Background: The economic impact and ease of measurement of all-cause hospital readmission rates (HRR) have led to the current debate as to whether they are reducible, and whether they should be used as a publicly reported quality indicators of medical care.
Objective: To assess the efficacy of broad clinical interventions in preventing HRR of patients with chronic diseases
Method: A meta-review of published systematic reviews of randomized controlled trials (RCTs) of clinical interventions that have included HRR among the patients' outcomes of interest.
Main findings: Meta-analyses of RCTs have consistently found that, in the community, disease management programs significantly reduced HRR in patients with heart failure, coronary heart disease and bronchial asthma, but not in patients with stroke and in unselected patients with chronic disorders. Inhospital interventions, such as discharge planning, pharmacological consultations and multidisciplinary care, and community interventions in patients with chronic obstructive pulmonary diseases had an inconsistent effect on HRR. MAIN STUDY LIMITATION: Despite their economic impact and ease of measurement, HRR are not the most important outcome of patient care, and efforts aimed at their reduction may compromise patients' health by reducing also justified re-admissions.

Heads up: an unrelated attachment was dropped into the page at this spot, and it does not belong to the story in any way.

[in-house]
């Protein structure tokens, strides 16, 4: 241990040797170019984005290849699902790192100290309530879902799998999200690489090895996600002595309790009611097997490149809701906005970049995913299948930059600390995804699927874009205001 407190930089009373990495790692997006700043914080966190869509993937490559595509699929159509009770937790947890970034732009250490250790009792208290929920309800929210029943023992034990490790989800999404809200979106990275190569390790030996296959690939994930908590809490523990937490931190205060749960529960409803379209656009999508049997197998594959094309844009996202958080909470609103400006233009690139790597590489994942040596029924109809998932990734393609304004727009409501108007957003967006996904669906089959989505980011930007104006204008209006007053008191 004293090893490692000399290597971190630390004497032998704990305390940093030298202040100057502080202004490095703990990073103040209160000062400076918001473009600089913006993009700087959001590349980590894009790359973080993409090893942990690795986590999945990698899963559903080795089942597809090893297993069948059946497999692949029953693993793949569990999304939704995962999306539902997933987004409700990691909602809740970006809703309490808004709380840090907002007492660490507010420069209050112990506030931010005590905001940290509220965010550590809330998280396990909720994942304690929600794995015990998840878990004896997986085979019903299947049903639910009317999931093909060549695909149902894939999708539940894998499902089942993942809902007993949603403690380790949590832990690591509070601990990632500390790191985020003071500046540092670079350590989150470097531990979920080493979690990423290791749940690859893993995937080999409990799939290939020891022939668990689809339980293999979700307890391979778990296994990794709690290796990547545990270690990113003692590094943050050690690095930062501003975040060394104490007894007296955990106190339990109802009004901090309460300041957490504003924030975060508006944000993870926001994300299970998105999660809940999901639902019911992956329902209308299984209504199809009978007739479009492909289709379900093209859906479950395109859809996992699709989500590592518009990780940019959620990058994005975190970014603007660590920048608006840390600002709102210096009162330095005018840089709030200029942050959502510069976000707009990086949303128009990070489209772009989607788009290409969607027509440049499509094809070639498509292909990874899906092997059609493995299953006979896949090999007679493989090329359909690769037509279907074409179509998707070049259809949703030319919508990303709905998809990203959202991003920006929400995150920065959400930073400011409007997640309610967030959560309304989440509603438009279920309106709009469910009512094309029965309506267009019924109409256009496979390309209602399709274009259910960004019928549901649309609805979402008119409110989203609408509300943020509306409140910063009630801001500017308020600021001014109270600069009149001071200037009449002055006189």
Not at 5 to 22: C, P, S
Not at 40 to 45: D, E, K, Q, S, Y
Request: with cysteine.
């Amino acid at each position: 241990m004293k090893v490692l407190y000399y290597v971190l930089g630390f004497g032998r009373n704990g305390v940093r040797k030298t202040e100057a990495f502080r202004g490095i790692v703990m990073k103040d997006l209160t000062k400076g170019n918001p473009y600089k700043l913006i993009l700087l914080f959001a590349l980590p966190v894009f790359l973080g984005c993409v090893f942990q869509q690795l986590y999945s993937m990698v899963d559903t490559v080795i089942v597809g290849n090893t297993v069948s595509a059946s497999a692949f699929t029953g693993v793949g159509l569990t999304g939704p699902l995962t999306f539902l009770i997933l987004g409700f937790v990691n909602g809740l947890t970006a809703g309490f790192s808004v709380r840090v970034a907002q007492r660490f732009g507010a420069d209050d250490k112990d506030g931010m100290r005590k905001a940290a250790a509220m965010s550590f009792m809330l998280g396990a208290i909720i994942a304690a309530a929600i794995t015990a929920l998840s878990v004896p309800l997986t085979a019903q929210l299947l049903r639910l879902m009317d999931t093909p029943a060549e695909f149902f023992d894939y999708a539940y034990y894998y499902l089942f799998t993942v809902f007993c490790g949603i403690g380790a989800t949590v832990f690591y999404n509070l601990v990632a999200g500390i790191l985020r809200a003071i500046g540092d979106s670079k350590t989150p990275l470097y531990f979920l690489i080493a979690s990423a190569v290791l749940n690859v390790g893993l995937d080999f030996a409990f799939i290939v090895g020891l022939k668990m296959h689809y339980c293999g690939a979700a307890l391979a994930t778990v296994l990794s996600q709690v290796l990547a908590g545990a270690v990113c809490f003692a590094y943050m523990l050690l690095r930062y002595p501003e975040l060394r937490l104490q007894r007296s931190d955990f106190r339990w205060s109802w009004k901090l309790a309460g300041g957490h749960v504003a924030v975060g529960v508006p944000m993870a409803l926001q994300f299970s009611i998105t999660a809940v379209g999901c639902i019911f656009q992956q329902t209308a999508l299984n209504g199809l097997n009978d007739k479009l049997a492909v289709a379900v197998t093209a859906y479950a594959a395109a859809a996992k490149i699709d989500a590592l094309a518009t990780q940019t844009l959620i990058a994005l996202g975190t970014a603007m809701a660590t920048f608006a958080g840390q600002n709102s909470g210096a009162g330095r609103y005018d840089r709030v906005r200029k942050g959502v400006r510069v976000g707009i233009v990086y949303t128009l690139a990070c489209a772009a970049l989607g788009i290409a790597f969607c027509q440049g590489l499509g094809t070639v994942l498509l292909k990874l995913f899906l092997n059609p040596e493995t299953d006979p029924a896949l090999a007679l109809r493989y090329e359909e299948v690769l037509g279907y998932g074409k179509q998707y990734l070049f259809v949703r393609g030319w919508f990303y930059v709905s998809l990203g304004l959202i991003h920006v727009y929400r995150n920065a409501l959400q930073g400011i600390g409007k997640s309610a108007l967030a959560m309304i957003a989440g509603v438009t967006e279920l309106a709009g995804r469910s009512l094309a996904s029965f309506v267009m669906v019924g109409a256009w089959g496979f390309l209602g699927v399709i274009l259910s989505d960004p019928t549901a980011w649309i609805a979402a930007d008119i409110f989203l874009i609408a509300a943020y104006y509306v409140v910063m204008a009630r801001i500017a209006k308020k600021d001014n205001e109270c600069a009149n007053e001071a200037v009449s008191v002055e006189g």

Conclusions: The efficacy of inhospital interventions in reducing HRR is in need of further study. In patients with heart diseases and bronchial asthma, HRR may be considered as a publicly reported quality indicator of community care, provided that future research confirms that efforts to reduce HRR do not adversely affect other patients' outcomes, such as mortality, functional capacity and quality of life. Future research should also focus on the reasons for the higher efficacy of community interventions in patients with heart diseases and bronchial asthma than in those with other chronic diseases.